• Direct liability of the corporation. A corporation would be directly liable for criminal acts or omissions (e.g. in respect of reasonable control measure) committed by its “decision-makers” in relation to the corporation’s business operations. A decision-maker would include an executive director such as a CEO or a CFO, but arguably also a chief compliance officer or other senior officers with duties of oversight.
  • No discretion of prosecuting authorities. Prosecuting authorities would generally be under an obligation to prosecute corporate criminal offences. Under the current system, the public prosecutor’s office enjoys a broad discretion to commence and discontinue corporate investigations.
  • Increased fines against the corporation. Corporations could be subject to financial penalties of up to 10 percent of their average annual sales, or even that of the whole corporate group to which the liable corporation belongs.
  • Additional measures against the corporation. In addition to monetary fines, a court could punish the corporation by temporarily excluding it from public tenders and/or public subsidies. In the event of persistent and repeated offences, a court could even order the dissolution of the corporation.
  • Defenses of the corporation. The draft legislation provides that a court may refrain from sanctioning the corporation only in the following circumstances:
     
    • adequate procedures – if the corporation has implemented sufficient changes in its organization and human resources so as to avoid similar offences in the future, and if there was no substantial damage or if such damage has been remediated; or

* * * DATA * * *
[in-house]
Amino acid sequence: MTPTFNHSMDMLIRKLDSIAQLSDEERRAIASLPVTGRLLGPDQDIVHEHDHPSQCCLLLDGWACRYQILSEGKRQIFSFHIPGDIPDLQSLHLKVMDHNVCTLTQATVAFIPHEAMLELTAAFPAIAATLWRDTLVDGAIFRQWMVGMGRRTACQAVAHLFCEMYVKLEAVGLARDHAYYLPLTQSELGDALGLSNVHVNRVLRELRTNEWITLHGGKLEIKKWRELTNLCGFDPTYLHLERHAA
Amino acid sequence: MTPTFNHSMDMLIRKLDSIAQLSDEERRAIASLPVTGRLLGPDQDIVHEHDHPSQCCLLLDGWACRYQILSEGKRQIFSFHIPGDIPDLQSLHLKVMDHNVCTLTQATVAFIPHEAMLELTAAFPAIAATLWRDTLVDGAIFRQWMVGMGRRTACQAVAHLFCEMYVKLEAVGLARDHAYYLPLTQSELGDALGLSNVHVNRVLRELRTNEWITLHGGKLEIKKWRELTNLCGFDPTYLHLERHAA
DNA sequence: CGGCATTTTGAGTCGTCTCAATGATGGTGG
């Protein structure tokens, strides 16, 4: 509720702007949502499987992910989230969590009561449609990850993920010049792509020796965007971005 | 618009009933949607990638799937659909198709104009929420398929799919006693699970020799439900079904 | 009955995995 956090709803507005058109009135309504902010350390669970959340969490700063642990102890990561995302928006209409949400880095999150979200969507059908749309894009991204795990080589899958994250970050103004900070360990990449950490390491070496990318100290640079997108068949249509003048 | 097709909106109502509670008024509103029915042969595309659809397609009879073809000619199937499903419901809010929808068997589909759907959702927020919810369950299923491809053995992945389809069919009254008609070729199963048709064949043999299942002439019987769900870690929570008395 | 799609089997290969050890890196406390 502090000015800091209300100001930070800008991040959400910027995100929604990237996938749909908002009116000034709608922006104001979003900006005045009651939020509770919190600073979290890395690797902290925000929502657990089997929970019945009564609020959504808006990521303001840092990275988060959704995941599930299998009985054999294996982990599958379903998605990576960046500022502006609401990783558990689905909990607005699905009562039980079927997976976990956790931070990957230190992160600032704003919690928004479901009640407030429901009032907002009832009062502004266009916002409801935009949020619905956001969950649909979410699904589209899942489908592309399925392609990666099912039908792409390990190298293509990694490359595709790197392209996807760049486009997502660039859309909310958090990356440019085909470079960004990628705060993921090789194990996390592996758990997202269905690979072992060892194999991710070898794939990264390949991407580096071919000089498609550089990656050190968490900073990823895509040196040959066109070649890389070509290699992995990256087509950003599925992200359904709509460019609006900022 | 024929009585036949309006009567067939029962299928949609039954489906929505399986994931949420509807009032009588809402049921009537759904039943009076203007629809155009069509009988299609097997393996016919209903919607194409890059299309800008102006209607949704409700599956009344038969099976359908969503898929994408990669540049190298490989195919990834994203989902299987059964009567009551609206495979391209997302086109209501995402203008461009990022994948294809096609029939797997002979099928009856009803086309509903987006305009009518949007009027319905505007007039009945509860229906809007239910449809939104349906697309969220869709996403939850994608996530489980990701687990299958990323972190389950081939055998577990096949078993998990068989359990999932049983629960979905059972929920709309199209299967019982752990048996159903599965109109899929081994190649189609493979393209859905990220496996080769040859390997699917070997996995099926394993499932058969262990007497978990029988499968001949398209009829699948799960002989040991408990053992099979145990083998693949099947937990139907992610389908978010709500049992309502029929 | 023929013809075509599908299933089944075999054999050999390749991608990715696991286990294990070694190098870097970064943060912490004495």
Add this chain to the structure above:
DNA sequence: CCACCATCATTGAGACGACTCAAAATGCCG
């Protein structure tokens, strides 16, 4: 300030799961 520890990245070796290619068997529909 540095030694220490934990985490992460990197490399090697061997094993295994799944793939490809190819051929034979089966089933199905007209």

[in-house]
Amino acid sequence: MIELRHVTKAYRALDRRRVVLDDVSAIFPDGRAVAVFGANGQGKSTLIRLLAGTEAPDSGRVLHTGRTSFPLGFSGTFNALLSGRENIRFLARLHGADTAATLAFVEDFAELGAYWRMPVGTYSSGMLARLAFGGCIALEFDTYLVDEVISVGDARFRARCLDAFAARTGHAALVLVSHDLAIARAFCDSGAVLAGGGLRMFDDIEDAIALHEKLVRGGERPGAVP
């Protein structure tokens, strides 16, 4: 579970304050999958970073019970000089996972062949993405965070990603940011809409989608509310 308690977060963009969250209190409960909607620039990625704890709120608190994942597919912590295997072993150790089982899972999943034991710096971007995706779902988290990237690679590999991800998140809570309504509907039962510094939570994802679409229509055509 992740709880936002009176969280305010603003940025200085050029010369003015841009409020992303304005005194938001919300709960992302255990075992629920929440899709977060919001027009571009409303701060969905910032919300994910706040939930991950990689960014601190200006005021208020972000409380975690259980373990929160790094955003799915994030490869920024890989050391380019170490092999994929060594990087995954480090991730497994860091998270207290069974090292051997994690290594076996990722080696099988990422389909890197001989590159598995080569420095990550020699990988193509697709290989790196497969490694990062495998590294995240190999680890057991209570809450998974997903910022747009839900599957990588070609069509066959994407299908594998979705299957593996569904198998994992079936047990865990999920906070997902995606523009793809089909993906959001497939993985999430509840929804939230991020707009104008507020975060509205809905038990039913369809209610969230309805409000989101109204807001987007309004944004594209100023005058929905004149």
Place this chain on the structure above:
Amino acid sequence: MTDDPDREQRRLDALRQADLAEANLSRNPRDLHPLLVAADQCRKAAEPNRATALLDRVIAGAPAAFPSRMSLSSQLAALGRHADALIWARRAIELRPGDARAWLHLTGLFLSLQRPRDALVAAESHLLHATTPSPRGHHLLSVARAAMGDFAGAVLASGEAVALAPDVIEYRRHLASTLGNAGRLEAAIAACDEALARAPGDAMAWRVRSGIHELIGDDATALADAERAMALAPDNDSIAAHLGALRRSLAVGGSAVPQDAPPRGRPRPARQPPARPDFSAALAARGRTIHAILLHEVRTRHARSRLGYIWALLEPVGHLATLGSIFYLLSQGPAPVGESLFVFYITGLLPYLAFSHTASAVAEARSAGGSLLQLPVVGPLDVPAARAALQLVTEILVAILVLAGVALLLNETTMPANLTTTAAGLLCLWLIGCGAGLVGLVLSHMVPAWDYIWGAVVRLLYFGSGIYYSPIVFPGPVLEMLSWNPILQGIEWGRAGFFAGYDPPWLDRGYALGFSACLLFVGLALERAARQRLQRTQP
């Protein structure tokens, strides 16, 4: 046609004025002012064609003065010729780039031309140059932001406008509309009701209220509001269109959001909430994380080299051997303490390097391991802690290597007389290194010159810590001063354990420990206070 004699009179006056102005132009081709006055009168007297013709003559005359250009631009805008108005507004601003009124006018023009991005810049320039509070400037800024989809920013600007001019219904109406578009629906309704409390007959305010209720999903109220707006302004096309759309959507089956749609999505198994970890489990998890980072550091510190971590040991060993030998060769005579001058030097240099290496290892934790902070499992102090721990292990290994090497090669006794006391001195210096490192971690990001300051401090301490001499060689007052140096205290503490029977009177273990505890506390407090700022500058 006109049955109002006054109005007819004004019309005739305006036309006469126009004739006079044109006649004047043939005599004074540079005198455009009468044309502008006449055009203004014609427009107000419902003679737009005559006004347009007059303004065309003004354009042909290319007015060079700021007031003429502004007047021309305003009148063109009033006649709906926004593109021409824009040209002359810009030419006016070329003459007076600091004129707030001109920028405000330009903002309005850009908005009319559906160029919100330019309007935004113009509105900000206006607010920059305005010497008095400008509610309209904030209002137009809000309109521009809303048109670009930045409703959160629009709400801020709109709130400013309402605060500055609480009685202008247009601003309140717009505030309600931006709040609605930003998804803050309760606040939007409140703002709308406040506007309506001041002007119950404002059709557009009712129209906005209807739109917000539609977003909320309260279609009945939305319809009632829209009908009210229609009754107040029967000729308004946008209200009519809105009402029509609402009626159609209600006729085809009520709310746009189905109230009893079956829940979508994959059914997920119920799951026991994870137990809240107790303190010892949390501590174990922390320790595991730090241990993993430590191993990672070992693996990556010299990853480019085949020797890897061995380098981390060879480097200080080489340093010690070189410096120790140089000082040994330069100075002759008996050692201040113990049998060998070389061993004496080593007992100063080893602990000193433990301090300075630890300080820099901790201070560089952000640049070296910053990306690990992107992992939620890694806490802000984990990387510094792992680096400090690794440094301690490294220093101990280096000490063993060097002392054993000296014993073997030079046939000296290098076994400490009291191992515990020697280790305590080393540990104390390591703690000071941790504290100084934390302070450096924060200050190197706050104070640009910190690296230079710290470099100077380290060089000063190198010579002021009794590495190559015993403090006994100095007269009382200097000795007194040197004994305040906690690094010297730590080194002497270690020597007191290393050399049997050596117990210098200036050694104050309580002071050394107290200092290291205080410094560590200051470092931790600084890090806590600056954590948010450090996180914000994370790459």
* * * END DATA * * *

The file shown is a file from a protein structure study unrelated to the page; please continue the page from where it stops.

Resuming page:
• voluntary disclosure – if the corporation has voluntarily disclosed the corporate criminal offence, provided the prosecuting authorities with relevant information, and implemented sufficient changes in its organization and human resources so as to avoid similar offences in the future.

The predominant reaction to the draft bill from the legal profession has been critical, and in Parliament discussions of the bill were cut short when the legislative period to allow for the Bundestag elections (the Lower House of the German Parliament) ended in the fall of 2013. In November 2013 (shortly after the elections), a majority of justice ministers of the German states declared that they were willing to pursue the legislative initiative when they convened at their semi-annual conference. At the federal level, the new grand coalition government announced in its coalition agreement that it would “examine” the need for criminal liability of multinational corporations, i.e., it first wants to canvass opinions from a wide variety of interested parties including academia, businesses, the legal profession, prosecuting authorities and non-government organizations. So far, the federal government has not given any clear indication as to whether it would support a draft bill if it were introduced to Parliament again.

We will follow closely any further developments in this important area of law.

Contributors